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COVID misinformation is a ‘public health crisis’

Misinformation about Covid 19 and a vaccine designed to prevent it create a “public health crisis,” the Contra Costa County Board of Supervisors announced Tuesday, prompting a backlash from several residents.

In a statement they unanimously approved, the supervisors stressed that the vaccine met strict scientific standards and that doubts about the dangers posed by COVID-19 created a “culture of distrust”. Which undermines the efforts of health officials to eradicate the epidemic.

Supervisor John Guevara, who introduced the statement to Supervisor Karen Mitch Off, requested a quote commonly attributed to the late New York scene.

The symbolic announcement is the county’s latest move to promote vaccination. Currently, 82% of county residents aged 12 and over are fully vaccinated, and Contra Costa joined other Bay Area counties earlier this month. Establishing standards for carrying the indoor mask mandate. For those people.

Contra Costa Public Health Officer Dr. Chris Fernitano said the county is on track to meet the first standard by the end of this month, which has reached a moderate “yellow level” of COVID-19 transmission, according to the Centers for Disease Control. Has been Prevention standards.

The Contra Costa County Board of Supervisors hears public comments at a meeting on Tuesday, October 12, 2021. (Screenshot)

Fernitano added that the county could reach two other standards by December or early January – including COVID-19 hospitalization and vaccination rates.

Dozens of speakers at Tuesday’s meeting slammed supervisors and county health officials for promoting the vaccine and labeling suspicions about it as misinformation.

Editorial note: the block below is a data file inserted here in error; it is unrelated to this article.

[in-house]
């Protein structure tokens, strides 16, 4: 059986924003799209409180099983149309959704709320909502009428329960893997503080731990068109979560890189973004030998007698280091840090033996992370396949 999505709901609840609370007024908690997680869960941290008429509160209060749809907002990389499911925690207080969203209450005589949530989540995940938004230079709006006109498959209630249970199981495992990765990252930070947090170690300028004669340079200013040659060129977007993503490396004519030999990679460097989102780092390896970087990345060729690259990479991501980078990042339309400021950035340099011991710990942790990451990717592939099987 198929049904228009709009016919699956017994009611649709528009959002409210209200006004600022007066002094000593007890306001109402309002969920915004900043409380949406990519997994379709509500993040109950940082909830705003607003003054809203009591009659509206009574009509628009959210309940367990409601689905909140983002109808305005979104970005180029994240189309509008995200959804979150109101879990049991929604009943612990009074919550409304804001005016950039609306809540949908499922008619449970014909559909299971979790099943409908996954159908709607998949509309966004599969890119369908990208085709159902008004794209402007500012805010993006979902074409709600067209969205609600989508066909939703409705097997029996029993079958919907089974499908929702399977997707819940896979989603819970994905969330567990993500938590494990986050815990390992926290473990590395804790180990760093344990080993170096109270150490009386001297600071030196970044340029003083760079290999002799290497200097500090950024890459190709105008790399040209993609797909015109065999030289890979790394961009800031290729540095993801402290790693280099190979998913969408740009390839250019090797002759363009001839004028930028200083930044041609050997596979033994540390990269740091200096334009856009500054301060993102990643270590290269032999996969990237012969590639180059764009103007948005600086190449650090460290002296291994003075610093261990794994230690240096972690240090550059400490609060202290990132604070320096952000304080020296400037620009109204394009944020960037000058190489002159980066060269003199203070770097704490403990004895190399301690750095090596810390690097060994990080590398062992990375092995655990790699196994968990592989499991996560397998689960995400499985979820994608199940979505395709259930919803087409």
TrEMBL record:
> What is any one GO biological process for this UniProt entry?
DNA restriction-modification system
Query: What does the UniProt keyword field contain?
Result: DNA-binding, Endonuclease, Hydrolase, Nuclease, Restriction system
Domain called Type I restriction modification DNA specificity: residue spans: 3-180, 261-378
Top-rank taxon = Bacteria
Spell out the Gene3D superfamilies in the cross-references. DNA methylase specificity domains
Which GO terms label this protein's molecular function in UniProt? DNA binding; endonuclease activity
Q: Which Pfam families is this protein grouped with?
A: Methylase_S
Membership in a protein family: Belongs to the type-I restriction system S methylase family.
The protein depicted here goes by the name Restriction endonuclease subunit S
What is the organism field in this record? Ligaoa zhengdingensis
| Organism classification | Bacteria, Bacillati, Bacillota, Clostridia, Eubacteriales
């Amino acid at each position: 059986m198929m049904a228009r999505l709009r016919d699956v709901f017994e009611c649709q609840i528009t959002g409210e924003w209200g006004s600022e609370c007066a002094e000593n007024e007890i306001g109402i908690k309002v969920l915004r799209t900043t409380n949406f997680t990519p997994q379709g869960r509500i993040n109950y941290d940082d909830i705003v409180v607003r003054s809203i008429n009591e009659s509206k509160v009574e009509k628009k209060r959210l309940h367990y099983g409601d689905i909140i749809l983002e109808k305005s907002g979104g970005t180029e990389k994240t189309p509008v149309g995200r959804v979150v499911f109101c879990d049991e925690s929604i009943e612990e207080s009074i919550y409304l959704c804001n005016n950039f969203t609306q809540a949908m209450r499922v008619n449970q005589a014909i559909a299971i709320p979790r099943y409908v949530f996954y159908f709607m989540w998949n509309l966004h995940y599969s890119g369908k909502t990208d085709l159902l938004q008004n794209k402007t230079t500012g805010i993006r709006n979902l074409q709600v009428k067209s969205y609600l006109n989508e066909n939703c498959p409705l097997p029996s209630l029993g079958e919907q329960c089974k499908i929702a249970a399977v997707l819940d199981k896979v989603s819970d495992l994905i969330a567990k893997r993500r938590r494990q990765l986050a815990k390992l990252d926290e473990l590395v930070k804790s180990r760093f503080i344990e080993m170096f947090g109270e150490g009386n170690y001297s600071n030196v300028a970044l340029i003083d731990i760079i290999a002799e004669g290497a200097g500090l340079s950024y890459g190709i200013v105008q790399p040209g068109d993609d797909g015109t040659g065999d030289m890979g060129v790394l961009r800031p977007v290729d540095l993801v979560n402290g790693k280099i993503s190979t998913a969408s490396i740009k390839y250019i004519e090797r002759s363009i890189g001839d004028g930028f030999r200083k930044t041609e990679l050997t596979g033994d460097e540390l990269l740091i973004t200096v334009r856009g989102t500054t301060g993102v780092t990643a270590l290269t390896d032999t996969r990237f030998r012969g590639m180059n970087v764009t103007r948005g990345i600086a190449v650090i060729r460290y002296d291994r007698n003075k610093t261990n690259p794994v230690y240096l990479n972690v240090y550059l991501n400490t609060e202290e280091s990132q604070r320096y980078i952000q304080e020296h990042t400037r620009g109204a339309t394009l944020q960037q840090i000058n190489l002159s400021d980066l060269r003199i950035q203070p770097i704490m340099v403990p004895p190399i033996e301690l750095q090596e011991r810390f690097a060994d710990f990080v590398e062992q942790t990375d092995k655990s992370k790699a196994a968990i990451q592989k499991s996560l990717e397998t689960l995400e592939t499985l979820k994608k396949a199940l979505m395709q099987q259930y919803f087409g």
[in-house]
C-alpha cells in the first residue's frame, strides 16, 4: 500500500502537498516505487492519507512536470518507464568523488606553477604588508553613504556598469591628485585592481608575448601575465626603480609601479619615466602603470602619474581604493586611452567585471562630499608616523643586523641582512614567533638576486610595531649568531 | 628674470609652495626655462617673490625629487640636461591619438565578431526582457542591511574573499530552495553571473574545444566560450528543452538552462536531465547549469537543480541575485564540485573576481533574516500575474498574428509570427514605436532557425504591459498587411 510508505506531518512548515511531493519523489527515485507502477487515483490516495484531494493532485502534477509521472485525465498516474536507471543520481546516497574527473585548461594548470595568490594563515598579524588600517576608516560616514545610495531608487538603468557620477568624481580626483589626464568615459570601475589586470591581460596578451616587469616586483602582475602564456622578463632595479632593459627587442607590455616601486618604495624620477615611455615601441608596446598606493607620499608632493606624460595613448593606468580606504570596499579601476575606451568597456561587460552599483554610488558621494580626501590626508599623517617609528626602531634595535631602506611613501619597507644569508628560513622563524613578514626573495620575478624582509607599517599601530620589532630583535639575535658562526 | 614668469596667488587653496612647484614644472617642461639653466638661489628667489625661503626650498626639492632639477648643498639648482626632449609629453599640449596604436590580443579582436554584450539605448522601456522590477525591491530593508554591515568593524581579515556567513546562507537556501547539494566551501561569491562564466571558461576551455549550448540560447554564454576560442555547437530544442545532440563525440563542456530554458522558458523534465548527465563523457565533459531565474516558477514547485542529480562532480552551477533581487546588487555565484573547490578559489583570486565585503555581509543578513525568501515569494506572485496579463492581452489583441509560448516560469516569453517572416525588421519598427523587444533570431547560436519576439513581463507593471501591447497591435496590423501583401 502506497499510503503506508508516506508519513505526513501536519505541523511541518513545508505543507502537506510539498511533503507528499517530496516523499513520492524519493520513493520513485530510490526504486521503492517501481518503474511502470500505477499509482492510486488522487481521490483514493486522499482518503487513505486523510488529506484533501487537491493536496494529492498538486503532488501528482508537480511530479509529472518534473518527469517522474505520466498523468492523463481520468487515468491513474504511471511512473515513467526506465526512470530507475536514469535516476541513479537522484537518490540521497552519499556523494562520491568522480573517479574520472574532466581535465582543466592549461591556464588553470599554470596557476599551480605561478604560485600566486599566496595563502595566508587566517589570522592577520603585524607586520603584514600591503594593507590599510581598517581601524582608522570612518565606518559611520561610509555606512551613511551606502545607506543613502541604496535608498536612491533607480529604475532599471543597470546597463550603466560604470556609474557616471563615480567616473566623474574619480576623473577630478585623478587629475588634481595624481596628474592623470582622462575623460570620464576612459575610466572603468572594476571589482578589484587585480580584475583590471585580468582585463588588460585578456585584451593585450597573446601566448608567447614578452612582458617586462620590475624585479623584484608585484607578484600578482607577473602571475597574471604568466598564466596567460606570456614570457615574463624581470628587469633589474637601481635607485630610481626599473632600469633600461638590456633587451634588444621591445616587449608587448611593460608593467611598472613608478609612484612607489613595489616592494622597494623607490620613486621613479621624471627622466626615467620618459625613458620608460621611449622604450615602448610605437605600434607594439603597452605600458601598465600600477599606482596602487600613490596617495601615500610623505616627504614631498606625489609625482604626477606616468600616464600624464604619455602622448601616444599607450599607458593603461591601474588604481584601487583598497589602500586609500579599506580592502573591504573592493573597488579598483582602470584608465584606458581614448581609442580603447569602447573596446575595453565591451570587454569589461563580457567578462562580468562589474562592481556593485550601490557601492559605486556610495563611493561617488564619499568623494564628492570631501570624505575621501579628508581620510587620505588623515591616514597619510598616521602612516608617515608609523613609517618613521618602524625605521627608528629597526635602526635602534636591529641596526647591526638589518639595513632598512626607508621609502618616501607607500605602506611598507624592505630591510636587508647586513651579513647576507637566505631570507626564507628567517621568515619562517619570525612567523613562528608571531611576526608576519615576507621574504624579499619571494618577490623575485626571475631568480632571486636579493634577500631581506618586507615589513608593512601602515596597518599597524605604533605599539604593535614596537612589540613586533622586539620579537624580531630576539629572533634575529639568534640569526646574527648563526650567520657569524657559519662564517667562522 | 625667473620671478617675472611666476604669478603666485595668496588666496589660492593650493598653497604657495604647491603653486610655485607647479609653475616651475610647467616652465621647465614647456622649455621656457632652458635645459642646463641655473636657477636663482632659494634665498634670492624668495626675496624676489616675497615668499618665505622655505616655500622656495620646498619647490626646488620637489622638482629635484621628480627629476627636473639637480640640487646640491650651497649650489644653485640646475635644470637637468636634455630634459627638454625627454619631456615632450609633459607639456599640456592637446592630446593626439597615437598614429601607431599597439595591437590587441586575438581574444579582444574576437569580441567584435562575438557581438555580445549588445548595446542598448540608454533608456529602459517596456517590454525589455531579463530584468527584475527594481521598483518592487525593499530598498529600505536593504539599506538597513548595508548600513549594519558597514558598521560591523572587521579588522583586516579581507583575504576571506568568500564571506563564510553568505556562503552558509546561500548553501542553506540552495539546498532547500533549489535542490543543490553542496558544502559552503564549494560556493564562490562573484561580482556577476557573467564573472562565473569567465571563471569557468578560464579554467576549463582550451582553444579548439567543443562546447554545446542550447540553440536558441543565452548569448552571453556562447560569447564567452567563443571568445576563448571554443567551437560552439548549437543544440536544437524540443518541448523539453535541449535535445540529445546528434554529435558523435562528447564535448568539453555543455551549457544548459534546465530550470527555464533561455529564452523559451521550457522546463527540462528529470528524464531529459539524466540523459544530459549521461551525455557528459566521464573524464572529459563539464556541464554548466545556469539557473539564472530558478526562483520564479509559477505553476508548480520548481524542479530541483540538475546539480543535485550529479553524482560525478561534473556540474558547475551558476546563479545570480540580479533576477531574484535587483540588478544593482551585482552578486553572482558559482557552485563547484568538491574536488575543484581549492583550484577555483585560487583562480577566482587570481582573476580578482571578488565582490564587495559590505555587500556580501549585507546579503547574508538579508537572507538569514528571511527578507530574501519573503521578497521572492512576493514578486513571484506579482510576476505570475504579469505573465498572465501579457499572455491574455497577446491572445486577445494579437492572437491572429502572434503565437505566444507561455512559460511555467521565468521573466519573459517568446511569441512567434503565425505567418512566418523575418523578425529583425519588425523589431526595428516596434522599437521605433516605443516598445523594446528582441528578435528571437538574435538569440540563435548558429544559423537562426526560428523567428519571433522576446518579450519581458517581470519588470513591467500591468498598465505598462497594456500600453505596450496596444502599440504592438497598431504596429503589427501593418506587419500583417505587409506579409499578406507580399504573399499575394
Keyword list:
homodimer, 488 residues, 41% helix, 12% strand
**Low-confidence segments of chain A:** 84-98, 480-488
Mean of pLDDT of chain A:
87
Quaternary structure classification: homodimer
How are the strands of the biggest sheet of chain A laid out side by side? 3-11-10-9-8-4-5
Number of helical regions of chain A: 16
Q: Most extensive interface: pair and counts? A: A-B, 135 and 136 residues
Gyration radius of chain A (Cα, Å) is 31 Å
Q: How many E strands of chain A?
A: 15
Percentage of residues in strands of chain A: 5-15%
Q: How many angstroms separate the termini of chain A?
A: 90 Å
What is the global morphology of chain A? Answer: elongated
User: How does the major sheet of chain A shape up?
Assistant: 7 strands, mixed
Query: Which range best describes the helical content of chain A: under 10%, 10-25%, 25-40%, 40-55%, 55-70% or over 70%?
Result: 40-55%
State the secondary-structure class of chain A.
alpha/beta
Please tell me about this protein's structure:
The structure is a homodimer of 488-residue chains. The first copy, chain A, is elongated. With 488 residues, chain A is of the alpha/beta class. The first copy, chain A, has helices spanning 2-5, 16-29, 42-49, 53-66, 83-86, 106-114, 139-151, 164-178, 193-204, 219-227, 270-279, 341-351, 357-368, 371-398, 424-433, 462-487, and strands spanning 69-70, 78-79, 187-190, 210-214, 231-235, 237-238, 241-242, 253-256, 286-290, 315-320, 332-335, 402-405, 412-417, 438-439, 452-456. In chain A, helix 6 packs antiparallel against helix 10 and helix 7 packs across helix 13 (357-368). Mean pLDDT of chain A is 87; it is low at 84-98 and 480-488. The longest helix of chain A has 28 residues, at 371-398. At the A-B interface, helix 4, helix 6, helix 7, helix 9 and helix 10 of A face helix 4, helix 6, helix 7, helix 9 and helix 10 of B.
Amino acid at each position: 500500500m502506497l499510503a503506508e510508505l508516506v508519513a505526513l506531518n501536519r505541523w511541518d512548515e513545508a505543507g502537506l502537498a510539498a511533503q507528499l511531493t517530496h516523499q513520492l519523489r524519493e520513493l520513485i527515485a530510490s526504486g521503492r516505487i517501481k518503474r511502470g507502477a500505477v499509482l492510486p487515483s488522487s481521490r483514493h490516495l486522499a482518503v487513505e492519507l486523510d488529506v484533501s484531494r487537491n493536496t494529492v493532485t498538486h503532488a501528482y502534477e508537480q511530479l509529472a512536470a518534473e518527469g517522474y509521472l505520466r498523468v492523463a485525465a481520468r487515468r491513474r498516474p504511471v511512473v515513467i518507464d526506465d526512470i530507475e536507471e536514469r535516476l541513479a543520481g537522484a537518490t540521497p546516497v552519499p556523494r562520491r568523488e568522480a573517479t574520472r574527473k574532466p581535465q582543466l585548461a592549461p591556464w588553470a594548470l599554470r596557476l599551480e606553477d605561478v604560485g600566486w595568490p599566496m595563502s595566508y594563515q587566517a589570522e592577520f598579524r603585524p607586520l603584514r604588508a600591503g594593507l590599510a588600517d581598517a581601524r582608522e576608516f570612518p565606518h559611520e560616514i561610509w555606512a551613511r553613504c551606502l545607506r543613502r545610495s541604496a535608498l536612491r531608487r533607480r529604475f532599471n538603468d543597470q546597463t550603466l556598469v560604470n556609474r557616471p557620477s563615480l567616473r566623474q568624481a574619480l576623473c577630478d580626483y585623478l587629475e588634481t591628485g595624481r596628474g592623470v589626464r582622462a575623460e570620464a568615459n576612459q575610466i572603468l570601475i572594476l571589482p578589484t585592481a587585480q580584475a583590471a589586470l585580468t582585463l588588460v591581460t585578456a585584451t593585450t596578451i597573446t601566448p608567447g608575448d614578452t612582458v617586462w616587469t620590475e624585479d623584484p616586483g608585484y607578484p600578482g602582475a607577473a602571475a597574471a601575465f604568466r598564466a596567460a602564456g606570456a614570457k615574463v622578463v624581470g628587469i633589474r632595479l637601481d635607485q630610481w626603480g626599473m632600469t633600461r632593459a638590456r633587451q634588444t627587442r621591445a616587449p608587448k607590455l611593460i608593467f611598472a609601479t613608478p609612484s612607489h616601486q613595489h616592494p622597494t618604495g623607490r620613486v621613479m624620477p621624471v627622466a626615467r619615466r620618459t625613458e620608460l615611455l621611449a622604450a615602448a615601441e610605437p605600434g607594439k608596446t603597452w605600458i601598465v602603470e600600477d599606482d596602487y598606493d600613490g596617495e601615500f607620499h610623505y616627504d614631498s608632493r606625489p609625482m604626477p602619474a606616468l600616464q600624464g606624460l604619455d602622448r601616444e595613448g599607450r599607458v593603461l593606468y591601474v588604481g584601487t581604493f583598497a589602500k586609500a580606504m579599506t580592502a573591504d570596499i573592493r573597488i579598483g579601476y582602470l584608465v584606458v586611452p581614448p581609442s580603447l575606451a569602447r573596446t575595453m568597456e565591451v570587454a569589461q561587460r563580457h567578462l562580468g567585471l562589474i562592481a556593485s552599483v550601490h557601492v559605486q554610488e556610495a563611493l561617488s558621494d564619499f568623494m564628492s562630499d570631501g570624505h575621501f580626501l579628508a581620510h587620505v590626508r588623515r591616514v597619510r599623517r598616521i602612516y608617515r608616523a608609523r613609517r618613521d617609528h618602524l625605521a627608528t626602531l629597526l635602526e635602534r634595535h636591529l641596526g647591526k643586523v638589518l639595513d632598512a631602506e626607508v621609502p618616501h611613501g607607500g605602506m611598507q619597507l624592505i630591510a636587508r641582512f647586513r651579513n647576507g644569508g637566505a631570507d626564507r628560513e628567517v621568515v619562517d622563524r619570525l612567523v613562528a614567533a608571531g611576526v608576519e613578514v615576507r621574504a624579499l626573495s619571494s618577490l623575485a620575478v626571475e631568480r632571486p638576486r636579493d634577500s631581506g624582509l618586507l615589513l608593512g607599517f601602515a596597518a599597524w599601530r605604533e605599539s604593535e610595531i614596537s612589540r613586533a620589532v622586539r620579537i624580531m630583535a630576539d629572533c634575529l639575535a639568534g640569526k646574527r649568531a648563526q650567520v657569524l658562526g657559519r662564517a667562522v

Many suggested that the board was violating their right to free speech, equating conflicting beliefs with misinformation.

“This policy has created two classes of people – vaccines and non-vaccines,” said Brock Weinburn, a firefighter and paramedic from the Contra Costa County Fire Protection District.

He said one of his colleagues could be fired for mourning his refusal to receive the vaccine and regular testing for the virus.

Other speakers questioned the extent to which the definition of “misinformation” could be extended from a supervisor’s point of view, calling the announcement a “slippery slope.”

The supervisors’ statement said health officials, doctors and nurses had recommended the vaccine and claimed that misinformation about it could lead eligible residents to “reduce COVID-19 vaccines, face public health measures such as Covering and rejecting physical distance, and leading to unproven use “treatment. ”

Jason, a Hercules police officer who gave only his first name, called the statement a “direct attack on the First Amendment.”

“Many years ago, the roundness of the earth was misunderstood and science was populated,” Jason said. “We know this is not true.”

County resident Lindsay King, who called Tuesday’s meeting, said the free speech was “a milestone in a free society” and warned political observers of the political consequences.

“Eliminating the rotten system that drives this agenda will be dealt with in legal proceedings and memoranda,” King said. “You can do it, but it will come back to haunt you.”

Jackie Cotta, a speaker, said that at one point, Guevara became hot, and that the statement of misinformation affected “borderline brown shirt Nazism,” referring to the paramilitary wing of the Nazi party.

“It’s offensive, what you just said,” Javia retreated, while Kota had a constitutional right to comment. “I have the right to call it shameful, disgusting, inappropriate. Without comment.” of the. ”

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